Volume 9, Issue 1 - March 2005

Gender, Voice and Learning in Online Course Environments

David M. Anderson, Department of Educational Leadership and Counseling, Eastern Michigan University
Carol J. Haddad, Department of Interdisciplinary Technology, Eastern Michigan University

A self-selected sample of 109 online students at a midwestern regional university was surveyed and asked to compare expression of voice, control over learning, and perceived deep learning outcomes in face-to-face versus online course environments. We found that females experience greater perceived deep learning in online than in face-to-face courses,...

Online Engineering Education: Learning Anywhere, Anytime

John Bourne, The Sloan Consortium, Franklin W. Olin College of Engineering, Babson College
Dale Harris, The Sloan Consortium, Purdue University
Frank Mayadas, The Sloan Consortium,The Alfred P. Sloan Foundation

The emergence of worldwide communications networks and powerful computer technologies has redefined the concept of distance learning and the delivery of engineering education content. This article discusses the Sloan Consortium’s quest for quality, scale, and breadth in online learning, the impact on both continuing education of graduate engineers as well...

Digital Text, Distance Education and Academic Dishonesty: Faculty and Administrator Perceptions and Responses

Kimberly B. Kelley, Ph.D., The Center for Intellectual Property, University of Maryland University College
Kimberly Bonner, J.D.,The Center for Intellectual Property, University of Maryland University College

This study examined administrator and faculty perceptions of the frequency and pervasiveness of student academic dishonesty, including their perceptions of the personal and contextual factors that affect whether a student is likely to engage in any form of academic dishonesty. One important contextual factor examined in this study was the...

The Ebb and Flow of Online Discussions: What Bloom Can Tell Us About Our Students’ Conversations

Katrina A. Meyer, Associate Professor of Higher and Adult Education, The University of Memphis

This study looks at online discussions within the context of a group endeavor and attempts to evaluate three assertions: 1) students in an online discussion proceed through higher levels of thinking; 2) Online conversations follow an “ebb and flow” pattern; 3) The level of the first posting to the discussion...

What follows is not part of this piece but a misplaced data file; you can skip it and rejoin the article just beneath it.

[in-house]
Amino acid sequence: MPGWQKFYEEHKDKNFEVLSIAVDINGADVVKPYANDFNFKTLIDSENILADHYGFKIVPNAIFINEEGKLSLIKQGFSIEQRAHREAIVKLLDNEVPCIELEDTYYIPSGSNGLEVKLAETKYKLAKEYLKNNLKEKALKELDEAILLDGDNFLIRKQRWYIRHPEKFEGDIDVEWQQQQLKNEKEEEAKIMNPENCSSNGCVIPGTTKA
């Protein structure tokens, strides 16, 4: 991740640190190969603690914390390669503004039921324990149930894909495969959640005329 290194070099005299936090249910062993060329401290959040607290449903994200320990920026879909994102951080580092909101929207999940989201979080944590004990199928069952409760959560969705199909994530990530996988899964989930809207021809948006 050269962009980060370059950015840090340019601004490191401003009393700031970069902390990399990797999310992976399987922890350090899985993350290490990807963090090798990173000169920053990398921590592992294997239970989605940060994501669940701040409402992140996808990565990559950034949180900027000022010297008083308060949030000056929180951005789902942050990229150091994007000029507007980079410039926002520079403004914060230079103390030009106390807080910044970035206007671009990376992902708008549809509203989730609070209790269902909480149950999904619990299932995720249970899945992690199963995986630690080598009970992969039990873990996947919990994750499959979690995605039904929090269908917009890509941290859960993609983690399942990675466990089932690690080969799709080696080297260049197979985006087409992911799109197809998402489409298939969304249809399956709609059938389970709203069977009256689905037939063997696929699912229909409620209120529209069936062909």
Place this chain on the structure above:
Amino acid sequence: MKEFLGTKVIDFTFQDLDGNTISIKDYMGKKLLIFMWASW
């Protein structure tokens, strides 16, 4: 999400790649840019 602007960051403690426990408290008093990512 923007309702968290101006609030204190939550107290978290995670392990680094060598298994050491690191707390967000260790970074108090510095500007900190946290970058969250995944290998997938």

Roles of Faculty in Teaching Asynchronous Undergraduate Courses

Libby V. Morris, PhD, Associate Professor, Institute of Higher Education, University of Georgia
Haixia Xu, Institute of Higher Education, University of Georgia
Catherine L. Finnegan, EdD, Associate Director, Assessment and Public Information, Advanced Learning Technologies, Board of Regents of the University System of Georgia

Although the availability of web-based education and the number of totally asynchronous courses have grown exponentially in the last decade, the literature on online instruction offers limited empirical guidance to faculty teaching in this environment. Much of the literature is anecdotal and prescriptive, and much more research needs to be...

Questioning the Hybrid Model: Student Outcomes in Different Course Formats

Saxon G. Reasons, EdD, Programming Manager, Instructional Technology Services, University of Southern Indiana
Kevin Valadares, PhD, Assistant Professor of Health Services/Administration, University of Southern Indiana
Michael Slavkin, PhD, Assistant Professor of Education, University of Southern Indiana

Current literature suggests that a hybrid model of distance education supports student learning more effectively than any other format. It also seems likely that the hybrid format can be used in most courses. The purpose of our study was to examine the strength of these assertions. This study examined the...

A Learning Object Success Story

Robin Mason,Institute of Educational Technology, The Open University, UK
Chris Pegler, Institute of Educational Technology, The Open University, UK
Martin Weller, Institute of Educational Technology, The Open University, UK

This paper outlines an approach to designing a course entirely in learning objects. It provides a theoretical basis for the design and then presents evaluation data from a master’s level course using this design. It also describes several re-uses of the learning objects on other courses and in different contexts....